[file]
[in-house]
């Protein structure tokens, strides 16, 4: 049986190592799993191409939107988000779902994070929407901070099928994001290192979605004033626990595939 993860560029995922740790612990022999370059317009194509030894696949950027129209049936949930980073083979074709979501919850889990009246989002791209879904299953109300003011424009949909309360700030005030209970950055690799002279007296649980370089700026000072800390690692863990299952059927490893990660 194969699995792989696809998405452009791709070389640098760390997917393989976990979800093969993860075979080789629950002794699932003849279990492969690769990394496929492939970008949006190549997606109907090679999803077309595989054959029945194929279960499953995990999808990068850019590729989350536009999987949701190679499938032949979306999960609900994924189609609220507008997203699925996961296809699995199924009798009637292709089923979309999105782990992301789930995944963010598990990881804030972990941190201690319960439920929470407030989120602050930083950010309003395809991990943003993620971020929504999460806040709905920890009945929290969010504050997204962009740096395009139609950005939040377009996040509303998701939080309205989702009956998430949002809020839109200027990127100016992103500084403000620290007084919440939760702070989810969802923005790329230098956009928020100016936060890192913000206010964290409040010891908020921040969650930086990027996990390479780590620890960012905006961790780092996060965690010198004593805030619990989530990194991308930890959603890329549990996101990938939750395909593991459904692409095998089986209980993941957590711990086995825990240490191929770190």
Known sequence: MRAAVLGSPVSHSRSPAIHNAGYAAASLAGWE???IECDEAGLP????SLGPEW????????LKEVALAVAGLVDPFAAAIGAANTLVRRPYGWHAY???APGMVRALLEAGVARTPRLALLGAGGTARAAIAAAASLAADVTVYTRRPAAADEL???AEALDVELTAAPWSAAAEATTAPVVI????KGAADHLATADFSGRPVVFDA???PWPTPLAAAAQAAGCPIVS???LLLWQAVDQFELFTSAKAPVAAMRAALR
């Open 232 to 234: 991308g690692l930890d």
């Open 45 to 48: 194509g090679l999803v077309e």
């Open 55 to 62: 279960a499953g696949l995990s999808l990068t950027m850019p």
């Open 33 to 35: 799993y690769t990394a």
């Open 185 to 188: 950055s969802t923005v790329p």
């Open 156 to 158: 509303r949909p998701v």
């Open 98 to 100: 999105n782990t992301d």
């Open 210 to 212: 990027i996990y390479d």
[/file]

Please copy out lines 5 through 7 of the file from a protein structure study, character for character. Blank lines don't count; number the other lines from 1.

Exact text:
């Open 45 to 48: 194509g090679l999803v077309e």
């Open 55 to 62: 279960a499953g696949l995990s999808l990068t950027m850019p």
């Open 33 to 35: 799993y690769t990394a």